Featuring the Abu Atlantic and Penn Mag
(Archive article, originally for Irish Angler Magazine)
Regular readers will have noticed that my articles this year are based around various new tackle items on the market.
My intentions are to hand-pick top quality gear each month, and give it a thorough test in pursuit of whatever species or task it is designed to target.
For this month’s article, I wished to hit some shore marks in search of large Flounder, and the Abu Garcia Atlantic range of beach rods looked particularly desirable. From the three options available, I chose the longer 484 model at 15ft 4 inches, casting 3-6oz. This would give me an opportunity to feel how a longer rod casts. It would also allow the use of 12 ft traces and 4 ft snoods if desired, which adds extra movement to a baited hook, and can work well when Flounder fishing. I matched the rod with a Penn Mag multiplier, loaded with Spider wire Invisi-braid for a perfectly balanced set-up.
All I needed was a decent Flounder to bend it which, as it transpired, was a great deal easier said than done. After four fruitless attempts on Benone Strand, catching “blazer badges”, I moved further a field and tried some of the stunning surf beaches of North Donegal. Again, all I could tempt were tiny Flounder and hand-sized Turbot. However, what I did discover was how well this kit casts, literally straight off the shelf. From short lobs into the surf tables, to blasting towards the horizon, this combo casts so smoothly, it’s idiot proof, yes, even for me! Bite detection was superb, letting me know that palm sized flatties had hung them selves. However, catching under-sized fish doesn’t make good reading, and certainly did not test the rod the way I had envisaged. I needed to come up with a better plan.
Not what you would call ideal conditions!
"Blasting" one out, as little showed in the surf table
Scant reward for my efforts on this occasion!
As if by divine intervention, Des Chew of the Eastern Regional Fisheries Board rang me totally out of the blue. We had never met, but I had heard about Des through his excellent work running the Dublin Angling Initiative, a project that introduces youngsters to angling. To cut to the chase, he needed a favour that I was able to sort out, but made the fatal error of saying “I owe you one”! I immediately cashed it in, and asked if he could set me up on a decent Flounder mark. “Leave it with me” he replied.
A few days later, Des rang to say he had organised a trip with top specimen hunter, Ian Mulligan and when the tides were favourable, the three of us would head to Wexford. Ian has a great deal of experience in this area, and none better to put us amongst some decent shore angling.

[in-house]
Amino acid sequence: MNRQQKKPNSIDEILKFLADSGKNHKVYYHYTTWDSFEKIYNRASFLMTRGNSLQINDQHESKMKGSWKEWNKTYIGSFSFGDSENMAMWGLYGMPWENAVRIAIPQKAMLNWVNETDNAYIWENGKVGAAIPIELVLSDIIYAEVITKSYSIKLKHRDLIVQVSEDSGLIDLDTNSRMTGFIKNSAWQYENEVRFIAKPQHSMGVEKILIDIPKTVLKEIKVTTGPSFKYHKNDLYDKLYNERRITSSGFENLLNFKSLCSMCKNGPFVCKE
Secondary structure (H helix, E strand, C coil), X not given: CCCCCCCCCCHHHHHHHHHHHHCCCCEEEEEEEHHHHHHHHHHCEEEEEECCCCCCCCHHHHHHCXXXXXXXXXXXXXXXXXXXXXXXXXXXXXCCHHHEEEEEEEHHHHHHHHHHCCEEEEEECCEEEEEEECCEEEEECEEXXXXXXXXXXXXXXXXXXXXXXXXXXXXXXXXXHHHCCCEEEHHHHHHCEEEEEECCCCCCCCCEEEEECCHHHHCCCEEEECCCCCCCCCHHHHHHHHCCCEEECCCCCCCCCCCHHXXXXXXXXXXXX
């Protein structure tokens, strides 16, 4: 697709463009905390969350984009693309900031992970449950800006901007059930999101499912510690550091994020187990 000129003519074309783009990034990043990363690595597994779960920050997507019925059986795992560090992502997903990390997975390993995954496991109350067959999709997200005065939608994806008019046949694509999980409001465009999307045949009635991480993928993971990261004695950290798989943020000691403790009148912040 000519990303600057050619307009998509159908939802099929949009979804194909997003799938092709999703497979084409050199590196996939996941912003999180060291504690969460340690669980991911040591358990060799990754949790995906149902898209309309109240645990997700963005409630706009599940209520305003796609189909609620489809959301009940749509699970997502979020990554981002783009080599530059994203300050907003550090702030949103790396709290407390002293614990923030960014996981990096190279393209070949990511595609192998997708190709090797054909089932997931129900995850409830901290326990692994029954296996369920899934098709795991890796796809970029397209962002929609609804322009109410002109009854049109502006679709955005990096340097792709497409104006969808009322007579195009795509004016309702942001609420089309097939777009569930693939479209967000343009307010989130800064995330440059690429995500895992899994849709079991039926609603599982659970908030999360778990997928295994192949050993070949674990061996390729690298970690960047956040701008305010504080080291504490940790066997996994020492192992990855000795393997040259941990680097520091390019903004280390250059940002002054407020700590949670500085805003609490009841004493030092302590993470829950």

True to his word, two weeks later I found myself heading to Des’ house in Dublin for an over-night stay, leaving a refreshed run to Wexford at 6am the following morning. I would like to thank Des and his wife Caroline for a fabulous meal and buckets of hospitality. We met Ian at a pre-arranged petrol station for tea and bacon rolls, and after a bit of chat, headed for the hot-spot. Although the guys decided not to blind-fold me, there were so many twists, turns and back roads that I had no idea where the hell I was anyway!
Ian Mulligan with a decent Flounder
The mark looked and felt just how a Flounder mark should, and I could hardly wait to drop a fresh crab and lugworm bait into the middle of it. There was a little tide running, and a couple of practice casts with the Atlantic showed that a three ounce lead held nicely, inching its way downstream to hopefully entice a wary Flounder. Sometimes nailing a bait to the sea-bed works well, but if you can get the balance right, a little movement can be a killer method in slowly searching the area in front of you. I used to do this with great success at Benone, cutting the grip lead wires back with sharp pliers until the lead barely held, sometimes as short as 10 mm to control the speed that baits travelled through the swim.
A juicy crab and lugworm cocktail, tipped with squid found the specimens
With two rods each, baited-up and resting on tripods, it was time to relax and hope that something worthwhile would show up. It wasn’t long before Ian responded to a couple of positive “taps” on the rod tip and soon reeled in a plump flounder. Not making specimen size but a worthy fish all the same and bigger than I have seen in a long time on my shore exploits on the north coast. First blood to Ian, I had been pre-warned about this guy and his fish catching abilities!
Des was next to see some action and his obviously large “flattie” unfortunately shook the hook before it broke the surface. He was gutted, but it showed a promising start to the session. With no bites for me, I was wondering if I had done something wrong, and Ian diplomatically handed me one of his tried and tested traces to try. I was delighted to see that it was almost identical to mine, even down to the white attractor beads above the hooks! Promising to give it a try on the next cast, I looked up to see the Atlantic give a deep “nod”, quickly followed by a second nod and then a slack line. All typical text book Flounder fishing. “Just one more pull”, as I willed the rod tip to move again, and it promptly obliged. There is rarely a need for vicious “strikes” when Flounder fishing at short range, especially when using braid, and as I carefully reeled the fish towards the shore, I could tell this was larger than most Flounder I have taken in my lifetime.